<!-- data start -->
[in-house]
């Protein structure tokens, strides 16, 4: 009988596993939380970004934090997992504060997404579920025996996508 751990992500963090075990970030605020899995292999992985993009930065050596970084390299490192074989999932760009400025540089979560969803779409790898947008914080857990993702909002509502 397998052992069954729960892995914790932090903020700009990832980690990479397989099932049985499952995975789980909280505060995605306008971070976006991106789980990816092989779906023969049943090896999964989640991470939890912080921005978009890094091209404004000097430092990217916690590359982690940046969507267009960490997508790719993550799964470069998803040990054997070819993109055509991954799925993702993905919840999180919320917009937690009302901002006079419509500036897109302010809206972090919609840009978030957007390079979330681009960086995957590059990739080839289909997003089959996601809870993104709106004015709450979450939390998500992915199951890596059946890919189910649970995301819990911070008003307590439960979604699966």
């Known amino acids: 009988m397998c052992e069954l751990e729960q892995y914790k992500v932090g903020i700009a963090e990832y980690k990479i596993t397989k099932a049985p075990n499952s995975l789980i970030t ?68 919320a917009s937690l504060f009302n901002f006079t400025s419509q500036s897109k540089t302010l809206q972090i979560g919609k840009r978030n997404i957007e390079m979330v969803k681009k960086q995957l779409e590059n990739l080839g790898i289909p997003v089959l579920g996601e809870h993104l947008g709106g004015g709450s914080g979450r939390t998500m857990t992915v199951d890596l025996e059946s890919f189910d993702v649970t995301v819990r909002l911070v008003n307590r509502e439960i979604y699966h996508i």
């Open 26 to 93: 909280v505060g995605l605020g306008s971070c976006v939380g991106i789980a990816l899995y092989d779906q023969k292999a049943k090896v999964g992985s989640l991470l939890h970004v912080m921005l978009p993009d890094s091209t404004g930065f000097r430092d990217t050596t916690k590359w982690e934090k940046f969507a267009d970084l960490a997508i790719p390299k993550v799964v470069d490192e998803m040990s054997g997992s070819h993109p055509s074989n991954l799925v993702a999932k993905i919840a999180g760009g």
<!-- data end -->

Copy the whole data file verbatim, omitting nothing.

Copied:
[in-house]
């Protein structure tokens, strides 16, 4: 009988596993939380970004934090997992504060997404579920025996996508 751990992500963090075990970030605020899995292999992985993009930065050596970084390299490192074989999932760009400025540089979560969803779409790898947008914080857990993702909002509502 397998052992069954729960892995914790932090903020700009990832980690990479397989099932049985499952995975789980909280505060995605306008971070976006991106789980990816092989779906023969049943090896999964989640991470939890912080921005978009890094091209404004000097430092990217916690590359982690940046969507267009960490997508790719993550799964470069998803040990054997070819993109055509991954799925993702993905919840999180919320917009937690009302901002006079419509500036897109302010809206972090919609840009978030957007390079979330681009960086995957590059990739080839289909997003089959996601809870993104709106004015709450979450939390998500992915199951890596059946890919189910649970995301819990911070008003307590439960979604699966």
């Known amino acids: 009988m397998c052992e069954l751990e729960q892995y914790k992500v932090g903020i700009a963090e990832y980690k990479i596993t397989k099932a049985p075990n499952s995975l789980i970030t ?68 919320a917009s937690l504060f009302n901002f006079t400025s419509q500036s897109k540089t302010l809206q972090i979560g919609k840009r978030n997404i957007e390079m979330v969803k681009k960086q995957l779409e590059n990739l080839g790898i289909p997003v089959l579920g996601e809870h993104l947008g709106g004015g709450s914080g979450r939390t998500m857990t992915v199951d890596l025996e059946s890919f189910d993702v649970t995301v819990r909002l911070v008003n307590r509502e439960i979604y699966h996508i």
């Open 26 to 93: 909280v505060g995605l605020g306008s971070c976006v939380g991106i789980a990816l899995y092989d779906q023969k292999a049943k090896v999964g992985s989640l991470l939890h970004v912080m921005l978009p993009d890094s091209t404004g930065f000097r430092d990217t050596t916690k590359w982690e934090k940046f969507a267009d970084l960490a997508i790719p390299k993550v799964v470069d490192e998803m040990s054997g997992s070819h993109p055509s074989n991954l799925v993702a999932k993905i919840a999180g760009g």